REMARKS: PIF SG Henry Puna at the Pacific ACP Trade Ministers Meeting

Delivered by the Secretary General of the Pacific Islands Forum, Henry Puna

at the Pacific ACP Ministers Meeting

05 October 2023, Suva, Fiji.


Hon. Tingika Elikana, Chair of the Pacific-ACP Trade Ministers Meeting,

Hon. Manoa Kamikamica, Fiji Deputy Prime Minister,

Honourable Ministers,

Heads of Delegations and Representatives of PACP Member Countries,

Representatives of the Council of Regional Organisations in the Pacific,

Mr. Junior Lodge, Assistant Secretary General OACPS,

Mrs. Barbara Plinket, Ambassador and Head of the Delegation of the European Union for the Pacific,

Representatives of Technical Agencies and Development Partners,


Ladies and Gentlemen,


Kia Orana, Bula Vinaka, and Good Morning.

It is my distinct pleasure to welcome you all today. Let me begin by thanking our members who have travelled far and wide from across the region and beyond to grace this event in person. I also wish to recognise the presence of our members and distinguished guests joining us virtually from the Pacific and across the globe.

More than three years have passed since the Pacific-ACP Ministers held the last face-to-face meeting in Suva in February 2020. Little did we know then that the global pandemic, COVID-19, which wreaked havoc on the global economy and transformed the lives of billions, was already on our doorsteps.

While our geographic isolation from the rest of the world may have mitigated its devastating impacts on our small and vulnerable economies for a while, they ultimately buckled under pressure from global supply chain disruptions brought on by unpredictable lockdowns, prolonged quarantine requirements, and costly travel restrictions. Our tourism-reliant economies suffered major and crippling losses, businesses shuttered or closed, and many of our workers and their families were left wondering where and how to get their next meal due to widespread unemployment.

Yet, here we are, more than three years later, and one virtual forum in 2021, still standing. Still optimistic and more committed than ever to build back better from the lessons learned on the efficiency and effectiveness of our national and collective disaster preparedness, response, and recovery strategies during and after the global pandemic.

Let’s not forget that trade, in all its nuances, whether cross-border or domestic, in both formal and informal sectors, kept our economies afloat. Our people were fed. Our sick people were cared for through critical medical supplies, equipment, and personnel. Our unemployed were given lifelines of alternative sources of income to sustain their livelihoods.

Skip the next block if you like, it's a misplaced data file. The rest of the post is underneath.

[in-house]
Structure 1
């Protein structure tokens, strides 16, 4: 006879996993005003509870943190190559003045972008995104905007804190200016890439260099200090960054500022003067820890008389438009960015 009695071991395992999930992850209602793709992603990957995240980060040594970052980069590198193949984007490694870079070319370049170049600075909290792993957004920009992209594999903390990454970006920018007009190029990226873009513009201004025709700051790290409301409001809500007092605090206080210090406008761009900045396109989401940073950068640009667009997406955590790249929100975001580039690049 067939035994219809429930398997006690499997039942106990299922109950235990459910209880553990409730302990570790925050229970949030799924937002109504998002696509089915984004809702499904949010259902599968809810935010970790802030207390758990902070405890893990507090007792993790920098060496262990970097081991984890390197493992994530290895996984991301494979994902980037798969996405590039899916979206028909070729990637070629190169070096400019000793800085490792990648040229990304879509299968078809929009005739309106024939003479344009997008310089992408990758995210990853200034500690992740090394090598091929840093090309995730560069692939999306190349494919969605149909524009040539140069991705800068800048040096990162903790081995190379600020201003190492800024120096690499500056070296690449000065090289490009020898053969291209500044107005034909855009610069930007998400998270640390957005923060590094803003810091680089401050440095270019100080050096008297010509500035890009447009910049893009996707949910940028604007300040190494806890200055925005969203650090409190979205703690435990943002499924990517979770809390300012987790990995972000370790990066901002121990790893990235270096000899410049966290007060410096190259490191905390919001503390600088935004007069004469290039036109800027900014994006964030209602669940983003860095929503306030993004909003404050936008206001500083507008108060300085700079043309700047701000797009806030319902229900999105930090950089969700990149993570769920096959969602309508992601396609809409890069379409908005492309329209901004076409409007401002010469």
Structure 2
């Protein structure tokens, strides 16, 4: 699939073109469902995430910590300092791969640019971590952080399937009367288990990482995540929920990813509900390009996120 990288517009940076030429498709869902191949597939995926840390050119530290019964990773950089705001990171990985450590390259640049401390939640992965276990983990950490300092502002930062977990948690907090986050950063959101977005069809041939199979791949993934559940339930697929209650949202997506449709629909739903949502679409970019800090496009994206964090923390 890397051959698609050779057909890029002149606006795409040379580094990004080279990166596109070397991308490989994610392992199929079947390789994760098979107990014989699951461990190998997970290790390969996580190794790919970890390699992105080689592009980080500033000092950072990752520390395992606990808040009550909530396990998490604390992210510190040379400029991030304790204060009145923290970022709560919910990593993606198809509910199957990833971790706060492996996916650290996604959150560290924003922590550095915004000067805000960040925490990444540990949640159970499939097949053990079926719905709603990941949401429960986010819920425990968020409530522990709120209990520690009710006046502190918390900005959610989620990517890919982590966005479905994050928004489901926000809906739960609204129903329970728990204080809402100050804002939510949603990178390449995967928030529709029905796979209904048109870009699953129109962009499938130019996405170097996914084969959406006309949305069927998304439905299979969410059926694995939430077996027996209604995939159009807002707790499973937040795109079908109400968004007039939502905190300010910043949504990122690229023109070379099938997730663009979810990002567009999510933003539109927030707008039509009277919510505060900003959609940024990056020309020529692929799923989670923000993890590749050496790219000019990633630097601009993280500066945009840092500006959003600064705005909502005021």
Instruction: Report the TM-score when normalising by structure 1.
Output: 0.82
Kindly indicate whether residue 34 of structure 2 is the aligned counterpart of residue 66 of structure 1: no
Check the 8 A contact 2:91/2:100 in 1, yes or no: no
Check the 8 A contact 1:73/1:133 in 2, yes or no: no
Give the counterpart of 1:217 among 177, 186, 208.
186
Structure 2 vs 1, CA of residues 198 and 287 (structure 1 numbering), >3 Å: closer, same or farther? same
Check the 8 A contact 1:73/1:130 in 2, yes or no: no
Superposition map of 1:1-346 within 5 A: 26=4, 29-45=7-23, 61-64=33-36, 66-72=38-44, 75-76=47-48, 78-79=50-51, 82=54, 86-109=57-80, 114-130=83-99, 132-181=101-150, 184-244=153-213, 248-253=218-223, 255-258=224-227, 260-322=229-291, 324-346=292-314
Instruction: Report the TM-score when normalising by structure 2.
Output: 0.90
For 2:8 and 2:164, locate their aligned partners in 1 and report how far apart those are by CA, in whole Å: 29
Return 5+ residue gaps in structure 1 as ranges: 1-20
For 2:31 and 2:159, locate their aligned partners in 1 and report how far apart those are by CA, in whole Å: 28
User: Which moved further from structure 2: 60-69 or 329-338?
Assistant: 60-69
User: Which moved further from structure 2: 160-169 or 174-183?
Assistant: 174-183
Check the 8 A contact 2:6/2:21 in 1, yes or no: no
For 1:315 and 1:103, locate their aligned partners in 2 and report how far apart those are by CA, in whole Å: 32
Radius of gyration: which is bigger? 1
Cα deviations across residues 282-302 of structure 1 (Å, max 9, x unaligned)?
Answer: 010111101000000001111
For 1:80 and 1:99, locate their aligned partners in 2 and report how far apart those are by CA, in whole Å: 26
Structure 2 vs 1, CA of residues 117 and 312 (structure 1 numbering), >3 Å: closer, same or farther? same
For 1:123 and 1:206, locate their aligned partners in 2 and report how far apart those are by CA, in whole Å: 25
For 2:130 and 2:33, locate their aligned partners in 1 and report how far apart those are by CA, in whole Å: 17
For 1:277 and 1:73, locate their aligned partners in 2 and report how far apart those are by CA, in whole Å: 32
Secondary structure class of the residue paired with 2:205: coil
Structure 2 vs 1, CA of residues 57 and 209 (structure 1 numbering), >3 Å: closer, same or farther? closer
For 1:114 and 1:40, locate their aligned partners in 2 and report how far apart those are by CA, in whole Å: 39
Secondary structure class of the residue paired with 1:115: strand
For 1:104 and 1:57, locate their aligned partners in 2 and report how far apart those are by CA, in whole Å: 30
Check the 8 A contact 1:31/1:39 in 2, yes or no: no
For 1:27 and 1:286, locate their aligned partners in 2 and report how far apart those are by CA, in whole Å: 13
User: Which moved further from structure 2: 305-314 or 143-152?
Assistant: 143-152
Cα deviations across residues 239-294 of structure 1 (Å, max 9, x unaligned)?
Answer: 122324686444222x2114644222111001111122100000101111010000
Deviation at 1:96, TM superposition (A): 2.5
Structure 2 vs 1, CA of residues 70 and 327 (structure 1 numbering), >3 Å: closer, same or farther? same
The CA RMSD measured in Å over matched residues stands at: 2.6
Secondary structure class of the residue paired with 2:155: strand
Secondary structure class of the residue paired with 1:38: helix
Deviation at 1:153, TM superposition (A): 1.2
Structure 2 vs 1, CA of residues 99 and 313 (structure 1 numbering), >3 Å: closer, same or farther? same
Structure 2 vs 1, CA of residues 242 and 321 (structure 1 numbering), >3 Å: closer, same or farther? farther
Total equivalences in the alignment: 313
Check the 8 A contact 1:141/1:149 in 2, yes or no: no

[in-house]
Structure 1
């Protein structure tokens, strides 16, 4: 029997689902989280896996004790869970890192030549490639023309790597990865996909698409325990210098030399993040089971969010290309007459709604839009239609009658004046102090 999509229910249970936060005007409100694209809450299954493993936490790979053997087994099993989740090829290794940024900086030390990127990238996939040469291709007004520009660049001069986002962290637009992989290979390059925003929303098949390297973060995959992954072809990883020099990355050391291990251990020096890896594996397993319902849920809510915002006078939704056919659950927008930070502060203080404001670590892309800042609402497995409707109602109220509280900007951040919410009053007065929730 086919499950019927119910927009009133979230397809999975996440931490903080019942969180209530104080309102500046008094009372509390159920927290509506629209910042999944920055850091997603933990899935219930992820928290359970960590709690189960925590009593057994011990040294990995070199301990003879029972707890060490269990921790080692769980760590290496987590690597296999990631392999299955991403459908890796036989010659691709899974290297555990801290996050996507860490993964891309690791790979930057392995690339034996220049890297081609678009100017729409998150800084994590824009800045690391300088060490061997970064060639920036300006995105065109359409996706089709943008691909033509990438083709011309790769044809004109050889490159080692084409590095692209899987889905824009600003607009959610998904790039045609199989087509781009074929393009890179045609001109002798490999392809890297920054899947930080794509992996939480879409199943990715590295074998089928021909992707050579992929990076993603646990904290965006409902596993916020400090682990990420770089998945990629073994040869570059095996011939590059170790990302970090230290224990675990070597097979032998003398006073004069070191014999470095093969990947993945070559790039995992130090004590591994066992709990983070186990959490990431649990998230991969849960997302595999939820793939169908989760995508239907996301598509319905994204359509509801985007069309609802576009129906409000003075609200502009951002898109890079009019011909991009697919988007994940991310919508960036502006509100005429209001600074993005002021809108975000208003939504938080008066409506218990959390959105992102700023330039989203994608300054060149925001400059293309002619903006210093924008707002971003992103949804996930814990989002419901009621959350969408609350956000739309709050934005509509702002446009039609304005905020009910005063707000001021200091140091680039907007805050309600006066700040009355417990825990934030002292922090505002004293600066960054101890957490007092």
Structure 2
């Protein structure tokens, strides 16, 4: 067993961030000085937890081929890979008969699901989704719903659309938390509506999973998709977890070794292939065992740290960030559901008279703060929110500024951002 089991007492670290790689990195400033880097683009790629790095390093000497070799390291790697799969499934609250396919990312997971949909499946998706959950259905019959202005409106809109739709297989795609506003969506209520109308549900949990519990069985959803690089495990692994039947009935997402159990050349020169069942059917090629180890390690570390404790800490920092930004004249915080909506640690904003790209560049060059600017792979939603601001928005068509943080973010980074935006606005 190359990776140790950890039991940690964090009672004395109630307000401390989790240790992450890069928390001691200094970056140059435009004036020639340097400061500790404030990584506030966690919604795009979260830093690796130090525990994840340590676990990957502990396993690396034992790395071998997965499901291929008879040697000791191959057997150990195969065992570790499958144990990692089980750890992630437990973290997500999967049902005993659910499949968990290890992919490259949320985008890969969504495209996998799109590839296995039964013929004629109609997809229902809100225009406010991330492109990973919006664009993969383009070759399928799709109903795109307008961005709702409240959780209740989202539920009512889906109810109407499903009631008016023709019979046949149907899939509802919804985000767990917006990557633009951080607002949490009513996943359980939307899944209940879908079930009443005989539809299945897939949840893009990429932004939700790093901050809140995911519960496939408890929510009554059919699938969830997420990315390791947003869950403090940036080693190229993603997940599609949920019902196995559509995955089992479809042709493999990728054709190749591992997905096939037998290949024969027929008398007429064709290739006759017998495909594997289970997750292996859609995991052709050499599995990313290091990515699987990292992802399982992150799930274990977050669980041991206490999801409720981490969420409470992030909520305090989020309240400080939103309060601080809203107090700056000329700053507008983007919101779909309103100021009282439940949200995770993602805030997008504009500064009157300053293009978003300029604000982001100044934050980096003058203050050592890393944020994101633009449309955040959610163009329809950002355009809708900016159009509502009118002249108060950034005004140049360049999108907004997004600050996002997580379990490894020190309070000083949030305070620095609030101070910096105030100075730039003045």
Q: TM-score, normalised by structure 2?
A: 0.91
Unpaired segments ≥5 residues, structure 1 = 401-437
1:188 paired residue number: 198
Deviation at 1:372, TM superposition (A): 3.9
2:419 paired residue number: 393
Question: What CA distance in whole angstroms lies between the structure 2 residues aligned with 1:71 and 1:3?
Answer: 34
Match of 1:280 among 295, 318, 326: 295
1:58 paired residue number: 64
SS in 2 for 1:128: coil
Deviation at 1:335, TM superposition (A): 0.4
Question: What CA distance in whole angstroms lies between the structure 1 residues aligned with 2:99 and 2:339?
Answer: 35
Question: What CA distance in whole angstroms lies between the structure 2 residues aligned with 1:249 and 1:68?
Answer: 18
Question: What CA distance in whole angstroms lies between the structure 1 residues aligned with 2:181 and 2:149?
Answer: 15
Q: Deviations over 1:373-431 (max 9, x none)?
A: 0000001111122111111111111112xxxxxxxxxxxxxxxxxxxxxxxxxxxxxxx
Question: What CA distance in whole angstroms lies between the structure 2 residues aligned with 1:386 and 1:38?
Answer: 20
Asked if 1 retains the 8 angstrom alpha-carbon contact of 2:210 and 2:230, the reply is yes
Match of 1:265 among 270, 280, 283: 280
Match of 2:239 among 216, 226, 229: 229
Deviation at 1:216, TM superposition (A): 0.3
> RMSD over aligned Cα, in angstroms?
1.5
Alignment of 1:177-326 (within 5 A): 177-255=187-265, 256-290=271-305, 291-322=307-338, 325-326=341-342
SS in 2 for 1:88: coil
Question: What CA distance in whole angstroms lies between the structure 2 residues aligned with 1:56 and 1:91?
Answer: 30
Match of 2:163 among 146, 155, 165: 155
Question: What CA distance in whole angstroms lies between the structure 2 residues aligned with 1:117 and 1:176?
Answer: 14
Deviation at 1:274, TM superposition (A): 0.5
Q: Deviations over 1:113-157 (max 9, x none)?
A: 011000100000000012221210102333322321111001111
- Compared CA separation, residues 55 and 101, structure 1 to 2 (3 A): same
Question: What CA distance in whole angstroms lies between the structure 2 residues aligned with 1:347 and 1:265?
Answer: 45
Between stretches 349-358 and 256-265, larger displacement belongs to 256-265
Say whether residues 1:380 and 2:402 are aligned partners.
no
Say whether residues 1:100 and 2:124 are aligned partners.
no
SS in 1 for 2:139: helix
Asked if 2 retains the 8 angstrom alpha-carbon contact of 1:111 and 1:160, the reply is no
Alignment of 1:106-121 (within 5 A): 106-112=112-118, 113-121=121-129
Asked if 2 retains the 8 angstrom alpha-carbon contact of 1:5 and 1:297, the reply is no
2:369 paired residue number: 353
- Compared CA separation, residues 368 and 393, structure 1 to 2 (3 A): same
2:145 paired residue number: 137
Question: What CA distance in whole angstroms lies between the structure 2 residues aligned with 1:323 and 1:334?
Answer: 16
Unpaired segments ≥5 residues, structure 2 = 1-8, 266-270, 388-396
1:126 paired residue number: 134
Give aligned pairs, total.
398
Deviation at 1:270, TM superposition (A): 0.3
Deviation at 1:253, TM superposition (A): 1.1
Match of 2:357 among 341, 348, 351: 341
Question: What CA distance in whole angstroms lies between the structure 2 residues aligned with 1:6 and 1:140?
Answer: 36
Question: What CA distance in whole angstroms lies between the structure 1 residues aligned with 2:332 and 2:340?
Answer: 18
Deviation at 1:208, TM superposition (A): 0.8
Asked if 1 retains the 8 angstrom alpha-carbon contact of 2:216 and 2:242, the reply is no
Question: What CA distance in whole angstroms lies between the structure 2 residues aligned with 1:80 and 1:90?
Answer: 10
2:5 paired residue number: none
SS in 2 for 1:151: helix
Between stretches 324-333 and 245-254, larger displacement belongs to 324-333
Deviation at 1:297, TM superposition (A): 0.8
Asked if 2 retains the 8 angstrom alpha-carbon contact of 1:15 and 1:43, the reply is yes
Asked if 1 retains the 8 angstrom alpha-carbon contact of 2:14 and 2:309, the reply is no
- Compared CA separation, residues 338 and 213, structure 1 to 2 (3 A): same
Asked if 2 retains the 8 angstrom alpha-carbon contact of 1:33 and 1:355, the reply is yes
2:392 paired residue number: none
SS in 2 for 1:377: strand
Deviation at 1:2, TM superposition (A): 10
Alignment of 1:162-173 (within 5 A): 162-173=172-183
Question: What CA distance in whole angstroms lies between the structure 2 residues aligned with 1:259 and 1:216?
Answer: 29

Honourable Ministers.

The theme of this year’s meeting underscores the importance of the engine room of trade, our private sector, and the pivotal role they play in leveraging trade and investment to grease the wheels in the implementation of the 2050 Strategy for the Blue Pacific Continent.

The Pacific ACP Ministers and high-level representatives from the 27 EU member states will meet in Samoa, less than six weeks from today, on 14/15 November, to sign the Samoa Agreement – the successor Agreement to the Cotonou Agreement. This will be a historic occasion for the Pacific sub-region in the Organisation of ACP States—a proud moment for our people. We congratulate the Government of Samoa for holding the flag for the region on this occasion.

Honourable Ministers.

I recognise the presence of the newly appointed Assistant Secretary General of the OACPS in Charge Structural Economic Transformation and Trade, Mr. Junior Lodge will address your august body who is joining us virtual from Brussels; and the new  Head of Mission of the EU Delegation Office for the Pacific, H.E Ambassador Ms. Barbara Plinkert, who will deliver her remarks on the EU’s vision on its future engagement with the Pacific ACP members on the ongoing PRISE programme and its successor framework.